Council in talks to revive delayed bid for street closures outside Newcastle schools after 'unease'
City transport chiefs say they are in talks to revive delayed plans to close streets outside Newcastle schools at peak hours, after “unease” over the scheme.
It was revealed in March this year that roads outside 11 primary schools in the city would be closed at pick-up and drop-off times to slash pollution and make streets safer for children.
More than six months later, none of those plans have come to fruition – much to the frustration of many families fed up with scenes of gridlock outside their school gates.
Having announced in the summer that the ‘School Streets’ project was being delayed until the autumn term, Newcastle City Council is still yet to confirm exactly when the measures will start or how many schools will be involved.
Labour councillor Ged Bell announced on Wednesday that the local authority was talking to “most” of the 11 originally interested and that he hoped to reveal more “in the very near future”.
Ravenswood, Chillingham Road, Hotspur, Grange Park, Kingston Park, Dame Allan’s, Sacred Heart, Broadwood, Lemington Riverside, Farne, and Westgate Hill primary schools were those originally announced for the trial programme.
Coun Bell told colleagues at a full council meeting on Wednesday that there had been “a certain unease” among some schools about the road closures, as they grappled with the added pressures of Covid-19 and the pandemic led more people to use private cars over public transport.
The local authority had argued in the summer that it did not want to put “extra stress” on teachers while they were grappling with the other challenges of the pandemic.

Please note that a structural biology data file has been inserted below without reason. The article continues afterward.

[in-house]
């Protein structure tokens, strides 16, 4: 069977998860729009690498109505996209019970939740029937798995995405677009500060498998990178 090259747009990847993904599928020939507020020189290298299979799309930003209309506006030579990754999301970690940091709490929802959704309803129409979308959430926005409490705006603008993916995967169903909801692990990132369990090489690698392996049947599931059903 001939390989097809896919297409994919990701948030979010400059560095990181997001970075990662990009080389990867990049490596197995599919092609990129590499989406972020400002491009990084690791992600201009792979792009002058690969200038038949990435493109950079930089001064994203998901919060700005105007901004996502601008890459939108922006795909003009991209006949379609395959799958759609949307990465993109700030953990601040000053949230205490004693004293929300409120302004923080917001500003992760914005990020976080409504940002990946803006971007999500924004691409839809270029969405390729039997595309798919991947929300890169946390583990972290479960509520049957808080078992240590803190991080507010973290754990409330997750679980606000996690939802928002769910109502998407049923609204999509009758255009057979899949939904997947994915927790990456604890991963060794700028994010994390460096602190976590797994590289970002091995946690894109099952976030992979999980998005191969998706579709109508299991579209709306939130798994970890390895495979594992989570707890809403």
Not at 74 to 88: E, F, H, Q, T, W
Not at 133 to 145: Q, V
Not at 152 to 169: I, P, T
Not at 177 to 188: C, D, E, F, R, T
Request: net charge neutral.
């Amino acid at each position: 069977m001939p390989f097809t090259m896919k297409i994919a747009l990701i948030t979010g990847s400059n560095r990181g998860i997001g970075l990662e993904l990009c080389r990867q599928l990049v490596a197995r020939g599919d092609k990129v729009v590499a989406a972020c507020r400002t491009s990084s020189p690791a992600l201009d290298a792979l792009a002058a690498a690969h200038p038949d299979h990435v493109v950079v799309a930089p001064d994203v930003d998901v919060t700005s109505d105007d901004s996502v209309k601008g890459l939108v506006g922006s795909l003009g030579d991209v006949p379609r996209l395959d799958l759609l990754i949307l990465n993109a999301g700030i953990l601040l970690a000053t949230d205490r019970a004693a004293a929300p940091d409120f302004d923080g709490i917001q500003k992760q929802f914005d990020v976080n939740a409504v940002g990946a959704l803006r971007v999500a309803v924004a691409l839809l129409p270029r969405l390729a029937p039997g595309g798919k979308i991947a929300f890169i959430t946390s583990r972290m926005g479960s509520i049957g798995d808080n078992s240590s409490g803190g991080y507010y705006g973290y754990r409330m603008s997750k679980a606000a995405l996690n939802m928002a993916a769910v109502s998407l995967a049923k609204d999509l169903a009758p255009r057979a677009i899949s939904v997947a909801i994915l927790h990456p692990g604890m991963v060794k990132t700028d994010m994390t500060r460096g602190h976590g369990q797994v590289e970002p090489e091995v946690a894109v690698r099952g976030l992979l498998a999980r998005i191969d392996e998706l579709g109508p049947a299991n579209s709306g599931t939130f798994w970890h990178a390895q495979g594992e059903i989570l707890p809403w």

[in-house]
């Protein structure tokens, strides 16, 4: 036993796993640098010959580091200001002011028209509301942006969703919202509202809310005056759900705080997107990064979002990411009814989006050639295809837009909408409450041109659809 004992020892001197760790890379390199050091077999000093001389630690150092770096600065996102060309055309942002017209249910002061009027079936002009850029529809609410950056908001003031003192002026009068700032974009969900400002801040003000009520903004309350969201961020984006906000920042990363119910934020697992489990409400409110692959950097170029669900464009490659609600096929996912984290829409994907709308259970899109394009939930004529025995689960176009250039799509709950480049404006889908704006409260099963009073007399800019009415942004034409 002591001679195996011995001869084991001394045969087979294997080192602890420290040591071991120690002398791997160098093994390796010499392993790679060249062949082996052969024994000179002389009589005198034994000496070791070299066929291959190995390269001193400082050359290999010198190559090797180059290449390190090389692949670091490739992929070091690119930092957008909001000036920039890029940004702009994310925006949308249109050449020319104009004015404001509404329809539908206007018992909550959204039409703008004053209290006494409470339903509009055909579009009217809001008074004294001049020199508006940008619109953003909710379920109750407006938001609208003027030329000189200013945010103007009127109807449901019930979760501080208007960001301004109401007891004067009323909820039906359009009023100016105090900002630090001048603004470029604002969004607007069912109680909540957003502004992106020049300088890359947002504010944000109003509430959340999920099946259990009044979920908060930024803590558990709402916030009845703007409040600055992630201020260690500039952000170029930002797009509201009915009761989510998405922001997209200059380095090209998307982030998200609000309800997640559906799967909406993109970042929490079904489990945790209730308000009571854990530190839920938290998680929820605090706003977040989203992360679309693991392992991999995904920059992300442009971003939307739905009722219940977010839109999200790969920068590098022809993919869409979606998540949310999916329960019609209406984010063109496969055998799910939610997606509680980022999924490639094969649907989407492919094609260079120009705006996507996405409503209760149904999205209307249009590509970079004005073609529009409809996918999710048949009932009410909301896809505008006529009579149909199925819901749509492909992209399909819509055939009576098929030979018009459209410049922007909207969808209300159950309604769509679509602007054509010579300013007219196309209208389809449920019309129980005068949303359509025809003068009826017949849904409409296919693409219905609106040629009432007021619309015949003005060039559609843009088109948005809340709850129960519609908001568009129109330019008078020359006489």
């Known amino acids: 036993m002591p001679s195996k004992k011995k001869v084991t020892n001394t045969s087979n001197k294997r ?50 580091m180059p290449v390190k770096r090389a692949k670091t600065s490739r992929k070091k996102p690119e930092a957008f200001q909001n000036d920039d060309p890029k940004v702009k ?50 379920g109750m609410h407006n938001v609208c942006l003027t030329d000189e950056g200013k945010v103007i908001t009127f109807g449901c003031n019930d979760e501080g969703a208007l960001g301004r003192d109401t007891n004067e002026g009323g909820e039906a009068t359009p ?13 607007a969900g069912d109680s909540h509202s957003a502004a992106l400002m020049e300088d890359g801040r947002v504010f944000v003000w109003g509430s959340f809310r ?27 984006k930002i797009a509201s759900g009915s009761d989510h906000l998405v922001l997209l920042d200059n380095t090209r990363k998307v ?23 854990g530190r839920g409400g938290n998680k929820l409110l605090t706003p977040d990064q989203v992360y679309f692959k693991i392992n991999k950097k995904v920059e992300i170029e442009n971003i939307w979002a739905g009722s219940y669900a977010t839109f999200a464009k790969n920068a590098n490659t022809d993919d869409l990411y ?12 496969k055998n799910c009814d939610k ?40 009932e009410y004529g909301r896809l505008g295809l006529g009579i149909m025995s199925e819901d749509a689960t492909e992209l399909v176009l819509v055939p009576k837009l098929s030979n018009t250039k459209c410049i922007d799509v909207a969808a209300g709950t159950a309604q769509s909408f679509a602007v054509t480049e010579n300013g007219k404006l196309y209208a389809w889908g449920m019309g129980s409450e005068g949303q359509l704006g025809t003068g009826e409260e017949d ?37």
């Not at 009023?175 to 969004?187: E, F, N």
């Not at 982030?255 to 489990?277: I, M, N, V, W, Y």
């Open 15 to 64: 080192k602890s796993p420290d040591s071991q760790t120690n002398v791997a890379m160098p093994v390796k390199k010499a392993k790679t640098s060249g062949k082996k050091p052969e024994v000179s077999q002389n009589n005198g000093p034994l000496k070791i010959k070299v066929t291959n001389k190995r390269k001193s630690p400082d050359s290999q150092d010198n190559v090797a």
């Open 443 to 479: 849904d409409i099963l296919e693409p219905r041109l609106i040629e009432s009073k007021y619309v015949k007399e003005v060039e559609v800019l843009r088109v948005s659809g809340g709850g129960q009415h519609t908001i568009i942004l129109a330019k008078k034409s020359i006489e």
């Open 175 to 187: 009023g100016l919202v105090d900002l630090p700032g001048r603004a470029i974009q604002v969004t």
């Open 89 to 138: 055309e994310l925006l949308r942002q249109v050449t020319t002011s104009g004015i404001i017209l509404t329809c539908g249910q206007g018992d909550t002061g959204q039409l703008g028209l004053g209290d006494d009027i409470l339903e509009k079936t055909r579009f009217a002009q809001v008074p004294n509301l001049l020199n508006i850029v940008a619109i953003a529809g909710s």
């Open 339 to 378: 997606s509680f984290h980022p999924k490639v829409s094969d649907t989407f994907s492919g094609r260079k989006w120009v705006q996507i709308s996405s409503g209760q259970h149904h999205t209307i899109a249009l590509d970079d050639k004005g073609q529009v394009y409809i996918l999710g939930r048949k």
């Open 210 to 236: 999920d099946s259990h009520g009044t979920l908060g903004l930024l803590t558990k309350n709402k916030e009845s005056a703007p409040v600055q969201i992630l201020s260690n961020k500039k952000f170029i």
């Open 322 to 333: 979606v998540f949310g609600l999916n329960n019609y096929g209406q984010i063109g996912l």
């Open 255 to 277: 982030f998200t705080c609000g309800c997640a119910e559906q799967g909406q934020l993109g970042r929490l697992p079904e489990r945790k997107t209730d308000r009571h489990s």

A one-day trial of a School Street was held at Chillingham Road Primary School, in Heaton, last month.
Erika Allen, the school’s deputy head, told the Local Democracy Reporting Service that the changes were “incredibly well received by families and children” and that the school was “really pushing” for them to be made a permanent fixture – as are both Ravenswood and Hotspur, both also part of the Ouseburn Learning Trust.
She added: “Our families are really on board, so we want this as soon as possible. It is the council now that needs to put it in place for us, but we would happily have it as soon as possible.”
It is proposed to block vehicles from driving outside the school gates between the hours of 8am and 9.30am and from 2.30pm to 4pm, though residents and disabled blue badge holders would be exempt.
Coun Bell, the council's cabinet member for transport, said on Wednesday night: “I’m glad to say that we have had a trial of a School Street and the response has been absolutely fantastic from the school that took part.
“We were under the impression before Covid that there would have been a number of School Streets and we would have been able to launch them all together.
“Unfortunately with the impact of Covid, with the fact that a lot of people went back to their own private motor vehicles, and there was also a certain unease with some schools that put their names forward, they [schools] have approached the council to ask if they can be delayed and see what impact there is on other areas where School Streets will be coming in.
“I am glad to say we have started conversations with all, or definitely most, of the schools that initially put their name forward and the interest is still there.
“It is just taking some support to get that back to where we were pre-Covid, but I’m sure there will be good news coming in the very near future with more School Streets.”